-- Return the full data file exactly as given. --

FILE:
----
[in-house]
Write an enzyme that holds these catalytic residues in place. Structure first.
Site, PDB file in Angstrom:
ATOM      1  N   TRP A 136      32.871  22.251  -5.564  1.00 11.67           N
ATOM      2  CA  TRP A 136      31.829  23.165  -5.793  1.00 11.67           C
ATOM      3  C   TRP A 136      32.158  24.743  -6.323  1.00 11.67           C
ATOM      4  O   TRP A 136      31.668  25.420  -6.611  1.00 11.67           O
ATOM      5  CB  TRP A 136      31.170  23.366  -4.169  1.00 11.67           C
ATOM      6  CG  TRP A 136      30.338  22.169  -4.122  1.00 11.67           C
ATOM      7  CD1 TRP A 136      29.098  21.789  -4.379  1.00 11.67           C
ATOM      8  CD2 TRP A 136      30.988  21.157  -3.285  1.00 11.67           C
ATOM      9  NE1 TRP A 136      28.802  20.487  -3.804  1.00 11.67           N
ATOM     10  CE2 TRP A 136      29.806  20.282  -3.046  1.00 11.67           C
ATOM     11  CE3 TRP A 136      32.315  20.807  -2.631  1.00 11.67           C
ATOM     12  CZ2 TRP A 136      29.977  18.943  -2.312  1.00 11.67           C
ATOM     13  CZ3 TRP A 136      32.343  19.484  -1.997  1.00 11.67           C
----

[in-house]
Write an enzyme that holds these catalytic residues in place. Structure first.
Site, PDB file in Angstrom:
ATOM      1  N   TRP A 136      32.871  22.251  -5.564  1.00 11.67           N
ATOM      2  CA  TRP A 136      31.829  23.165  -5.793  1.00 11.67           C
ATOM      3  C   TRP A 136      32.158  24.743  -6.323  1.00 11.67           C
ATOM      4  O   TRP A 136      31.668  25.420  -6.611  1.00 11.67           O
ATOM      5  CB  TRP A 136      31.170  23.366  -4.169  1.00 11.67           C
ATOM      6  CG  TRP A 136      30.338  22.169  -4.122  1.00 11.67           C
ATOM      7  CD1 TRP A 136      29.098  21.789  -4.379  1.00 11.67           C
ATOM      8  CD2 TRP A 136      30.988  21.157  -3.285  1.00 11.67           C
ATOM      9  NE1 TRP A 136      28.802  20.487  -3.804  1.00 11.67           N
ATOM     10  CE2 TRP A 136      29.806  20.282  -3.046  1.00 11.67           C
ATOM     11  CE3 TRP A 136      32.315  20.807  -2.631  1.00 11.67           C
ATOM     12  CZ2 TRP A 136      29.977  18.943  -2.312  1.00 11.67           C
ATOM     13  CZ3 TRP A 136      32.343  19.484  -1.997  1.00 11.67           C